July 27, 2011 / 6:35 PM / 7 years ago

GM CEO: UAW talks can't lead to higher labor costs

HAMTRAMCK, Michigan (Reuters) - General Motors Co (GM.N) hopes to retain its cost-competitive structure after its negotiations with the United Auto Workers union, Chief Executive Dan Akerson said on Wednesday at an event to mark the start of the talks.

“The world is really quite brutal,” Akerson told plant workers and journalists at the Detroit-Hamtramck auto plant.

“It does not tolerate weakness in business. It does not tolerate uncompetitive cost structures,” he said.

Before GM’s 2009 bankruptcy restructuring, the automaker was burdened with high labor costs and overproduction. Now the company is “wildly successful,” Akerson said.

“We have one today,” Akerson said, referring to the automaker’s streamlined cost structure. “I hope we’ll have one upon conclusion of these negotiations.”

The current four-year pacts between the UAW and the three major U.S. automakers expire September 14. On Monday, Chrysler formally opened talks with the UAW, and Ford is scheduled to open them on Friday.

Akerson indicated GM would post a sixth straight quarterly profit. Analysts expect the automaker, due to report second-quarter results on August 4, to post a profit of $1.20 per share, according to Thomson Reuters I/B/E/S.

The negotiations are the first formal contract talks since the establishment of a retiree healthcare trust that greatly lowered the automaker’s all-in labor costs in 2007.

Akerson said he did not think healthcare will be a major stumbling block in the talks but said it is up to the union negotiators to determine if healthcare will be a major issue.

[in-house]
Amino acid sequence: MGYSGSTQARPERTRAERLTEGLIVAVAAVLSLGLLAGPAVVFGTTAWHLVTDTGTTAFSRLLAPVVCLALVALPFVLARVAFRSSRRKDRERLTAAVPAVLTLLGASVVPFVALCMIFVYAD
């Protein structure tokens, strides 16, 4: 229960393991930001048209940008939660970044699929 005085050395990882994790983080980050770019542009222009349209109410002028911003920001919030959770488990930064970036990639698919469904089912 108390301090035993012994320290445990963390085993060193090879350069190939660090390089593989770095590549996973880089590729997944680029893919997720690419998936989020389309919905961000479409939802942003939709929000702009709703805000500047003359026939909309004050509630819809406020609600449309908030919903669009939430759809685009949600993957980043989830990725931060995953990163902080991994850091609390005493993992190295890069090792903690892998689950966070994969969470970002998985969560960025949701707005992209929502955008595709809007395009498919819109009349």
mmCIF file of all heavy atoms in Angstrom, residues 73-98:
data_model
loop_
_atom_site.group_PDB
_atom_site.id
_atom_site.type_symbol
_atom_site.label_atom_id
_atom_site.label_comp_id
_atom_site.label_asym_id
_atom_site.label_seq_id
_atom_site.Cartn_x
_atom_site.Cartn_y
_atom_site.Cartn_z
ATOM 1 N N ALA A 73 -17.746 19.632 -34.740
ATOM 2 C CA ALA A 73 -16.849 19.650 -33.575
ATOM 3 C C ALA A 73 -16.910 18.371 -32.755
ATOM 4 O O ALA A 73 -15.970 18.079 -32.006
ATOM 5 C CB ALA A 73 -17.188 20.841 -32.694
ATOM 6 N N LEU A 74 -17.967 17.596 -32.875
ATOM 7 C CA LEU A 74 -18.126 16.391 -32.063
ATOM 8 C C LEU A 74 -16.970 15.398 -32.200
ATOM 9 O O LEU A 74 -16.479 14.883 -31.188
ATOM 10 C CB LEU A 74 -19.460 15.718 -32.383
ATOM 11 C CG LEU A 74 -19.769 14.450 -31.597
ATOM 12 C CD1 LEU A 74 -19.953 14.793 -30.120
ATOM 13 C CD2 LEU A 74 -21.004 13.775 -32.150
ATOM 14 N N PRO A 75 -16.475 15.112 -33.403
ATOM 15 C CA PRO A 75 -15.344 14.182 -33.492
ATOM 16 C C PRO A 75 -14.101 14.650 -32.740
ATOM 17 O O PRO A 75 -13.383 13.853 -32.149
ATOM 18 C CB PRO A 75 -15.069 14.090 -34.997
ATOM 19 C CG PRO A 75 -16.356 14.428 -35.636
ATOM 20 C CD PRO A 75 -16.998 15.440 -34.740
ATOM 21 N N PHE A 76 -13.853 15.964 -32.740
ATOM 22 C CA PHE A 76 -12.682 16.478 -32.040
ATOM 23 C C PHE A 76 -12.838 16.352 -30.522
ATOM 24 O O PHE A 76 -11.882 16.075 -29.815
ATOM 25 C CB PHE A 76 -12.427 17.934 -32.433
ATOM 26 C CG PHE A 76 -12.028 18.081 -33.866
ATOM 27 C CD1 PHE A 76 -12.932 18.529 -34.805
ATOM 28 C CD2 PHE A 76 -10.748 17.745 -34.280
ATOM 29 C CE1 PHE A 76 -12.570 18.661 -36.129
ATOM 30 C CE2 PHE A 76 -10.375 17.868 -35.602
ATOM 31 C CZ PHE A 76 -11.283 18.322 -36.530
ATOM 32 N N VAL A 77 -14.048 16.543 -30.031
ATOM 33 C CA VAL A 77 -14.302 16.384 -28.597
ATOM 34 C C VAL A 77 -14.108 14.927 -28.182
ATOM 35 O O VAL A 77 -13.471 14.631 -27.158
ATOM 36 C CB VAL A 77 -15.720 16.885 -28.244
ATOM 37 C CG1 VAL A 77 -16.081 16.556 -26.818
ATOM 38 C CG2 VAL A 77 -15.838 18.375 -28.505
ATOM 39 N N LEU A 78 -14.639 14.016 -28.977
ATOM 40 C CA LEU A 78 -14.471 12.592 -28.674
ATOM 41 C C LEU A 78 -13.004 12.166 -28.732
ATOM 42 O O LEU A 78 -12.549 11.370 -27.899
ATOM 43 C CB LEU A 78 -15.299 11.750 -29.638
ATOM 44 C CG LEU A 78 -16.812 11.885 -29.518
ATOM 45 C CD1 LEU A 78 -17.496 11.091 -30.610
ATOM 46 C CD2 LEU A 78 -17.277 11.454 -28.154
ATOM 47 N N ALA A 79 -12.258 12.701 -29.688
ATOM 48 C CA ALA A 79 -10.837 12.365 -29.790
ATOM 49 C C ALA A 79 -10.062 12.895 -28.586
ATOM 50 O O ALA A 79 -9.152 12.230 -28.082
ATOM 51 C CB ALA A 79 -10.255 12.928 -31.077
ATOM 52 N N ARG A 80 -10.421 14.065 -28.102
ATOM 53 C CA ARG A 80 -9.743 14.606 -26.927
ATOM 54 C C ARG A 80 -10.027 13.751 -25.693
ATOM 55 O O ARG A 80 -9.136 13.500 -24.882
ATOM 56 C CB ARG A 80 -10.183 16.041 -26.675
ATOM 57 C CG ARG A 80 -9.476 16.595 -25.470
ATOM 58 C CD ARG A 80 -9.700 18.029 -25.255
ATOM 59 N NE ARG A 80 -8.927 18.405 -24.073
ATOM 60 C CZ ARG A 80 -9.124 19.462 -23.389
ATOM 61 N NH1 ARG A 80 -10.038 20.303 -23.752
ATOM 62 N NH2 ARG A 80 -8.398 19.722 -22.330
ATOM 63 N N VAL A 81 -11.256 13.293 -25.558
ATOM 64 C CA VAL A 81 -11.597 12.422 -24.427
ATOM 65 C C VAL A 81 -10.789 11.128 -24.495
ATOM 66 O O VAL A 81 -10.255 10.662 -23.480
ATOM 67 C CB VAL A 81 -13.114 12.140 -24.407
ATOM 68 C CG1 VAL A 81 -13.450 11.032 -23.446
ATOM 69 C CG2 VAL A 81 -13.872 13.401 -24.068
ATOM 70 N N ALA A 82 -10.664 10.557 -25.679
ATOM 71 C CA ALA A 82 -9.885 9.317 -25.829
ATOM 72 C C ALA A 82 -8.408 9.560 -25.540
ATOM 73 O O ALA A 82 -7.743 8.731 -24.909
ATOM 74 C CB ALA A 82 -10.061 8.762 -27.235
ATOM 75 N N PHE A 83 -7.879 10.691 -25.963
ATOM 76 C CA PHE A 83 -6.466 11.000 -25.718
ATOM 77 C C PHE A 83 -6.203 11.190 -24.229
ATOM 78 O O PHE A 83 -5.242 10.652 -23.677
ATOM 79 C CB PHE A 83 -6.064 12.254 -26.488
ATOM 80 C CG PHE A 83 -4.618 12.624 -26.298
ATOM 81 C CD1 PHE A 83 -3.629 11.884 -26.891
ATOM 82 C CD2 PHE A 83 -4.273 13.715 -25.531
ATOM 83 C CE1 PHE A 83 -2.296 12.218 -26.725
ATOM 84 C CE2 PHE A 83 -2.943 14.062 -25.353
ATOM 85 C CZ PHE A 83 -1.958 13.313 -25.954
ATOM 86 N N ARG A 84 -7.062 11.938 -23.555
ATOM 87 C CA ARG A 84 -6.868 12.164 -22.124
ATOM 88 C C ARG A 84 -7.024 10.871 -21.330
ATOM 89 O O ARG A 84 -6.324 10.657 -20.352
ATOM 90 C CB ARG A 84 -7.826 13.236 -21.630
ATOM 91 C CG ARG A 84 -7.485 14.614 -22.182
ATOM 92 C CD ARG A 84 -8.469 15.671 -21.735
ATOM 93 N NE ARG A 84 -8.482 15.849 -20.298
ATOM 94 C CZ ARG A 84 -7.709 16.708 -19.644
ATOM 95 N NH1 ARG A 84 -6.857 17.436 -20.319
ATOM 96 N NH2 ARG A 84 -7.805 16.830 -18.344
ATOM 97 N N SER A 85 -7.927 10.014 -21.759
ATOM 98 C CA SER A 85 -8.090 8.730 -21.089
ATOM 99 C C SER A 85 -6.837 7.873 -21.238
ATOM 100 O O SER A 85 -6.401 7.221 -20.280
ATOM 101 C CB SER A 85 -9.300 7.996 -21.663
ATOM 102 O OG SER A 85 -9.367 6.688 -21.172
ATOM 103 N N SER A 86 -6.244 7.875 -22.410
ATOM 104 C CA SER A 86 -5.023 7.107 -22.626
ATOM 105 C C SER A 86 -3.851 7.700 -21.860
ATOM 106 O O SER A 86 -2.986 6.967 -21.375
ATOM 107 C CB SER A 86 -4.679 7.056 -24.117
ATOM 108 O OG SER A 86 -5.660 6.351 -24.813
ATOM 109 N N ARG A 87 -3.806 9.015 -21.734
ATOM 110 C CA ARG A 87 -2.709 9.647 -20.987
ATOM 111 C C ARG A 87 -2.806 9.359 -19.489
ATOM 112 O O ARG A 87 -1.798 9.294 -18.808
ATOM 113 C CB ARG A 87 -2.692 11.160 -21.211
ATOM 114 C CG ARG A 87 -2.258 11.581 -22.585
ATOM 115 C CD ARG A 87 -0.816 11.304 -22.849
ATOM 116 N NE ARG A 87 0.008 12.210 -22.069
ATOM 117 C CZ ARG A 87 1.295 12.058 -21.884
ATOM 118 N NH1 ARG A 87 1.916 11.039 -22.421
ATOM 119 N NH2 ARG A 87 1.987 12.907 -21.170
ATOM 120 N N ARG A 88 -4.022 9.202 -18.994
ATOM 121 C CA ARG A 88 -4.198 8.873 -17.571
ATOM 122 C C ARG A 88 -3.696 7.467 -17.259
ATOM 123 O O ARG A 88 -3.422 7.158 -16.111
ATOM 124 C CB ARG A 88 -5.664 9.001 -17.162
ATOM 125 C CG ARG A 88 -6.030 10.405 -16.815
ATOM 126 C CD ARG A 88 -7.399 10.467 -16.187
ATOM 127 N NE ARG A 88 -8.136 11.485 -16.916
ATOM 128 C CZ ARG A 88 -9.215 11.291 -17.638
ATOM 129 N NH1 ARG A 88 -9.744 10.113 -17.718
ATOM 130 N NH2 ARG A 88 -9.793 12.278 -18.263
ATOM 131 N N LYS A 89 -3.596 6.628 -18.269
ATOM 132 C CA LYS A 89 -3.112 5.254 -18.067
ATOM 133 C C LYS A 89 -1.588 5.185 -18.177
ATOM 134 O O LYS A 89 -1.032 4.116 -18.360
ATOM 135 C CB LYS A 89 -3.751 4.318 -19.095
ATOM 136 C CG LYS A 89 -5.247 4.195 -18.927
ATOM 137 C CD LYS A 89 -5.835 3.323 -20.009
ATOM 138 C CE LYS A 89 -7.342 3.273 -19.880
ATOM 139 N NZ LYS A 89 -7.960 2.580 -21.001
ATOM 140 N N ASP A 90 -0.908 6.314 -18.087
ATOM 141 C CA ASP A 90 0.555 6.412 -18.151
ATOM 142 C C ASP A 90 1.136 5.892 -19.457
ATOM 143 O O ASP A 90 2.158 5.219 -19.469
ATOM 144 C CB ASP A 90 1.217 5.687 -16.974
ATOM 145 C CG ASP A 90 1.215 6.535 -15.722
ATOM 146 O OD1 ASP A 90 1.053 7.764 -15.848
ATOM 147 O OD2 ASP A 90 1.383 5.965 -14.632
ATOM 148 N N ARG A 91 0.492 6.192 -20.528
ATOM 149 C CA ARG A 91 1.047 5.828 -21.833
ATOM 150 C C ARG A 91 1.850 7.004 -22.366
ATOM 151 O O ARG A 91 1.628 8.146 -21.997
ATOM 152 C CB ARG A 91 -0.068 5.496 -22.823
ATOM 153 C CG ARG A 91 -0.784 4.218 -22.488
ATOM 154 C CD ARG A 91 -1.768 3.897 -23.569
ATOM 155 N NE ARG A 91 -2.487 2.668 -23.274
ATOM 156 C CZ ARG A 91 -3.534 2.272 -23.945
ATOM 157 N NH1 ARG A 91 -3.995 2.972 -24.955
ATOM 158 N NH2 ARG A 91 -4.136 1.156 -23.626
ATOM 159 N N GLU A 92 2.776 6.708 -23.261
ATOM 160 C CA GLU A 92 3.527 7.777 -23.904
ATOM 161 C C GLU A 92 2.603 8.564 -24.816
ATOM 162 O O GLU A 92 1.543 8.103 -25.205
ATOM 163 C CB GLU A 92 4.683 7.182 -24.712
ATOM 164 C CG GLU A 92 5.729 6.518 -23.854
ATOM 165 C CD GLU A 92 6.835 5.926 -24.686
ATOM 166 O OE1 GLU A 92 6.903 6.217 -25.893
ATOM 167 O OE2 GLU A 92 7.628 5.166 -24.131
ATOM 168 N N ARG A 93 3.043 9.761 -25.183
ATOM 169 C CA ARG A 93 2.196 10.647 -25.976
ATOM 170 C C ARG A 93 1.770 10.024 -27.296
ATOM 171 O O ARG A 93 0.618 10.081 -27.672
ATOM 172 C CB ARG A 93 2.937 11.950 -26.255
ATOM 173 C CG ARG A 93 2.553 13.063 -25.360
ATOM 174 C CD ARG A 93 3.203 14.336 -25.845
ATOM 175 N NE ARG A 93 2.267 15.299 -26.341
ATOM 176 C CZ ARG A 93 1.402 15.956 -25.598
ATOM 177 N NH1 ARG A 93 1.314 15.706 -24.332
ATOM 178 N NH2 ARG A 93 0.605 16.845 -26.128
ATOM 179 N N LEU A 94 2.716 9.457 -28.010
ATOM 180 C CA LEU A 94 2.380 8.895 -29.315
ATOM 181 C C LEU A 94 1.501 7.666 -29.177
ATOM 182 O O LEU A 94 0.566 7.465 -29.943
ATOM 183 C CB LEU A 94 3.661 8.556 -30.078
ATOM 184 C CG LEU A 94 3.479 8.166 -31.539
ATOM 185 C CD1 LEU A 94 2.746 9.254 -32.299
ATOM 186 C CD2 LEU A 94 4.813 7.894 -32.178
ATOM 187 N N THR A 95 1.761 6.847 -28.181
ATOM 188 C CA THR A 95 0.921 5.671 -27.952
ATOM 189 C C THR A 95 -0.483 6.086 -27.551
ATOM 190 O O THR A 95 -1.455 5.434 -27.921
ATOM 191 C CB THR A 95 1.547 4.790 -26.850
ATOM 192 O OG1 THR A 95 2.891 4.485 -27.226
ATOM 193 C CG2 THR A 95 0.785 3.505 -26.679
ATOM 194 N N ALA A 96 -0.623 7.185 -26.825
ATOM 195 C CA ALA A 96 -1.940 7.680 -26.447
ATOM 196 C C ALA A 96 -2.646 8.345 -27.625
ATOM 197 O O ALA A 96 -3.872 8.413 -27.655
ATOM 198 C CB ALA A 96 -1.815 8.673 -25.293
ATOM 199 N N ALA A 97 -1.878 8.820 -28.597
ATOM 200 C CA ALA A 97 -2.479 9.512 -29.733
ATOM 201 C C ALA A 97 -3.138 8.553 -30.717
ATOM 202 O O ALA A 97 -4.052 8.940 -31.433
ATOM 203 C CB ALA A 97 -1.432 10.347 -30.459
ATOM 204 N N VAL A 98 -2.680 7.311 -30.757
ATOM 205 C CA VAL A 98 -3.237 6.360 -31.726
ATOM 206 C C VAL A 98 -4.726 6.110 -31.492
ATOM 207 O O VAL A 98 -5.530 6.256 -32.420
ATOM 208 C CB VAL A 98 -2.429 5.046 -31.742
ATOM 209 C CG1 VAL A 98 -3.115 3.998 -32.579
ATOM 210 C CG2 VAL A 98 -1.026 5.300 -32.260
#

As he spoke at a press conference after the opening ceremonies at the plant, Akerson nodded to indicate that he was sitting next to UAW President Bob King and the UAW’s vice president for GM relations, Joe Ashton.

Neither Akerson or Ashton would say how long they think the two sides will be at the bargaining table before reaching an agreement. They also declined to say which issues are expected to be major hurdles.

GM’s labor costs, along with those of Ford Motor Co (F.N) and Chrysler Group FIA.MI, were cut when the Voluntary Employee Beneficiary Association took retiree healthcare costs off automakers’ balance sheets.

    GM’s all-in hourly worker labor costs have fallen to about $56-$57 from $78 four years ago, according to the Center for Automotive Research.

    King, who has said the union will not allow more wage and benefit concessions in this year’s talks, said he hopes for “creative problem solving” in the negotiations, a concept that was echoed by Cathy Clegg, GM’s head of labor relations.

    A year after he first announced a renewed UAW effort to organize the foreign automakers with U.S. plants, King said doing so will help GM, Ford and Chrysler keep their labor costs competitive.

    Ford’s “all-in” labor costs are about $58 per hour and Chrysler’s are about $50-$51, according to CAR. That compares with about $51-$56 for Toyota Motor Corp’s (7203.T) U.S. auto workers.

    “We’re going to organize the transplants in America because we are going to level the playing field,” said King during the opening ceremonies inside the plant, where GM makes the hybrid-electric vehicles Volt and Ampera.

    Akerson said maintaining competitive labor costs is essential to the success of GM, and particularly in keeping auto worker jobs in the United States. This, he said, is key to the overall success of the country and its economy.

    “You are not going to be a great country, a great power, by flipping hamburgers,” said Akerson.

    Editing by Steve Orlofsky

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